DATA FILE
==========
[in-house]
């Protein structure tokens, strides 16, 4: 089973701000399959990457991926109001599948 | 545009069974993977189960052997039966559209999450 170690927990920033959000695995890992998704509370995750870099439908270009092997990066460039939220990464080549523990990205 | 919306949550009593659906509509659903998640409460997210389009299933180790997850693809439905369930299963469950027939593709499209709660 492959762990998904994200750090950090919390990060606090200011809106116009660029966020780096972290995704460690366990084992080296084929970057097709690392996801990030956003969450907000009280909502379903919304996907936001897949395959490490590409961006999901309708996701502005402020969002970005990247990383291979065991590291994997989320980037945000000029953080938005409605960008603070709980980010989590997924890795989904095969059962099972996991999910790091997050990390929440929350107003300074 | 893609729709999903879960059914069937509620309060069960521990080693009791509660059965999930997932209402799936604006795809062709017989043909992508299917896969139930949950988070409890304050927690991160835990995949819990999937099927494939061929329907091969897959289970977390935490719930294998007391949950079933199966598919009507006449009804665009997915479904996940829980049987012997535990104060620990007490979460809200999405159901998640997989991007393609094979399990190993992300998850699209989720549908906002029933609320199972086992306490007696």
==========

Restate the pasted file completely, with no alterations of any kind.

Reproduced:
[in-house]
């Protein structure tokens, strides 16, 4: 089973701000399959990457991926109001599948 | 545009069974993977189960052997039966559209999450 170690927990920033959000695995890992998704509370995750870099439908270009092997990066460039939220990464080549523990990205 | 919306949550009593659906509509659903998640409460997210389009299933180790997850693809439905369930299963469950027939593709499209709660 492959762990998904994200750090950090919390990060606090200011809106116009660029966020780096972290995704460690366990084992080296084929970057097709690392996801990030956003969450907000009280909502379903919304996907936001897949395959490490590409961006999901309708996701502005402020969002970005990247990383291979065991590291994997989320980037945000000029953080938005409605960008603070709980980010989590997924890795989904095969059962099972996991999910790091997050990390929440929350107003300074 | 893609729709999903879960059914069937509620309060069960521990080693009791509660059965999930997932209402799936604006795809062709017989043909992508299917896969139930949950988070409890304050927690991160835990995949819990999937099927494939061929329907091969897959289970977390935490719930294998007391949950079933199966598919009507006449009804665009997915479904996940829980049987012997535990104060620990007490979460809200999405159901998640997989991007393609094979399990190993992300998850699209989720549908906002029933609320199972086992306490007696």